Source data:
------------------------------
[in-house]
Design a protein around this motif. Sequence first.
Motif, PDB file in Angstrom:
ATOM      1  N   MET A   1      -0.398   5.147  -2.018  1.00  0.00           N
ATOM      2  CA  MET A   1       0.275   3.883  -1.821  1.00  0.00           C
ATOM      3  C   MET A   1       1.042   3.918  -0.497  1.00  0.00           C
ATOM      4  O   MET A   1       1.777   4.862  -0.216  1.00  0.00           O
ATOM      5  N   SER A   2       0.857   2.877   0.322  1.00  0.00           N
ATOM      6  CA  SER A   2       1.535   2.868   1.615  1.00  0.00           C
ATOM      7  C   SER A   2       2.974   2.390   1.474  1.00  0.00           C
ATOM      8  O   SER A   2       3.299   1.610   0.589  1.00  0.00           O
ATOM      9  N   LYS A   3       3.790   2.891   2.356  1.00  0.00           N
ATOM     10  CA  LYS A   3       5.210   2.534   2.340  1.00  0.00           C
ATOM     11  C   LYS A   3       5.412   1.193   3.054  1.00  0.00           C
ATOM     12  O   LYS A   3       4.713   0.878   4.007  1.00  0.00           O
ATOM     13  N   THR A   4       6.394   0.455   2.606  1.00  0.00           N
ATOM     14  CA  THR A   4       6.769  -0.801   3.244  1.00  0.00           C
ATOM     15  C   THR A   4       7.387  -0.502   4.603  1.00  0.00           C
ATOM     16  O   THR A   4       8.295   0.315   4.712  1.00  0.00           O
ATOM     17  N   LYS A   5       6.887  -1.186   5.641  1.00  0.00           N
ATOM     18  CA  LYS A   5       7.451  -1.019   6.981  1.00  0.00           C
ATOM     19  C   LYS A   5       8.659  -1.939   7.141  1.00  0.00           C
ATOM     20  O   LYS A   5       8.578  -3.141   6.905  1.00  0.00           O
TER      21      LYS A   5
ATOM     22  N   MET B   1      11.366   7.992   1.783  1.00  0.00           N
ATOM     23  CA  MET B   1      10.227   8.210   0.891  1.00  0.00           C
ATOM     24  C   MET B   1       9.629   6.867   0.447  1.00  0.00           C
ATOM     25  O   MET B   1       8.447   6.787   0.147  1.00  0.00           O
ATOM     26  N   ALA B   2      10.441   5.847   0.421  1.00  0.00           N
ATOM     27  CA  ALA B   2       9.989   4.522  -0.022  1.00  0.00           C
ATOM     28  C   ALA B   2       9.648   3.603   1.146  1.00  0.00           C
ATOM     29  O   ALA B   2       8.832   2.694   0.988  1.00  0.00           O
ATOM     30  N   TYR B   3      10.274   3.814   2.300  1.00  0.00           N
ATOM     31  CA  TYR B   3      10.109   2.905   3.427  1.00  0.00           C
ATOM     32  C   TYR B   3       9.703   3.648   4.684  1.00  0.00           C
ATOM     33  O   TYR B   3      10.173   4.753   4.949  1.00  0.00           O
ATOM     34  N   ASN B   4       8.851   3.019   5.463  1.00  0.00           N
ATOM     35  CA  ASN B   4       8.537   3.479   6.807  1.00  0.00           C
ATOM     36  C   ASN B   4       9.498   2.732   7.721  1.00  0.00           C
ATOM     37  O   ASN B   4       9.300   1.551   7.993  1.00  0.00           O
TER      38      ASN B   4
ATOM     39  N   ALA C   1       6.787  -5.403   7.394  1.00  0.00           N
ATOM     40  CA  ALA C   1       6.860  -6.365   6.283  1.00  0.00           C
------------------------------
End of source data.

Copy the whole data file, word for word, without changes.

[in-house]
Design a protein around this motif. Sequence first.
Motif, PDB file in Angstrom:
ATOM      1  N   MET A   1      -0.398   5.147  -2.018  1.00  0.00           N
ATOM      2  CA  MET A   1       0.275   3.883  -1.821  1.00  0.00           C
ATOM      3  C   MET A   1       1.042   3.918  -0.497  1.00  0.00           C
ATOM      4  O   MET A   1       1.777   4.862  -0.216  1.00  0.00           O
ATOM      5  N   SER A   2       0.857   2.877   0.322  1.00  0.00           N
ATOM      6  CA  SER A   2       1.535   2.868   1.615  1.00  0.00           C
ATOM      7  C   SER A   2       2.974   2.390   1.474  1.00  0.00           C
ATOM      8  O   SER A   2       3.299   1.610   0.589  1.00  0.00           O
ATOM      9  N   LYS A   3       3.790   2.891   2.356  1.00  0.00           N
ATOM     10  CA  LYS A   3       5.210   2.534   2.340  1.00  0.00           C
ATOM     11  C   LYS A   3       5.412   1.193   3.054  1.00  0.00           C
ATOM     12  O   LYS A   3       4.713   0.878   4.007  1.00  0.00           O
ATOM     13  N   THR A   4       6.394   0.455   2.606  1.00  0.00           N
ATOM     14  CA  THR A   4       6.769  -0.801   3.244  1.00  0.00           C
ATOM     15  C   THR A   4       7.387  -0.502   4.603  1.00  0.00           C
ATOM     16  O   THR A   4       8.295   0.315   4.712  1.00  0.00           O
ATOM     17  N   LYS A   5       6.887  -1.186   5.641  1.00  0.00           N
ATOM     18  CA  LYS A   5       7.451  -1.019   6.981  1.00  0.00           C
ATOM     19  C   LYS A   5       8.659  -1.939   7.141  1.00  0.00           C
ATOM     20  O   LYS A   5       8.578  -3.141   6.905  1.00  0.00           O
TER      21      LYS A   5
ATOM     22  N   MET B   1      11.366   7.992   1.783  1.00  0.00           N
ATOM     23  CA  MET B   1      10.227   8.210   0.891  1.00  0.00           C
ATOM     24  C   MET B   1       9.629   6.867   0.447  1.00  0.00           C
ATOM     25  O   MET B   1       8.447   6.787   0.147  1.00  0.00           O
ATOM     26  N   ALA B   2      10.441   5.847   0.421  1.00  0.00           N
ATOM     27  CA  ALA B   2       9.989   4.522  -0.022  1.00  0.00           C
ATOM     28  C   ALA B   2       9.648   3.603   1.146  1.00  0.00           C
ATOM     29  O   ALA B   2       8.832   2.694   0.988  1.00  0.00           O
ATOM     30  N   TYR B   3      10.274   3.814   2.300  1.00  0.00           N
ATOM     31  CA  TYR B   3      10.109   2.905   3.427  1.00  0.00           C
ATOM     32  C   TYR B   3       9.703   3.648   4.684  1.00  0.00           C
ATOM     33  O   TYR B   3      10.173   4.753   4.949  1.00  0.00           O
ATOM     34  N   ASN B   4       8.851   3.019   5.463  1.00  0.00           N
ATOM     35  CA  ASN B   4       8.537   3.479   6.807  1.00  0.00           C
ATOM     36  C   ASN B   4       9.498   2.732   7.721  1.00  0.00           C
ATOM     37  O   ASN B   4       9.300   1.551   7.993  1.00  0.00           O
TER      38      ASN B   4
ATOM     39  N   ALA C   1       6.787  -5.403   7.394  1.00  0.00           N
ATOM     40  CA  ALA C   1       6.860  -6.365   6.283  1.00  0.00           C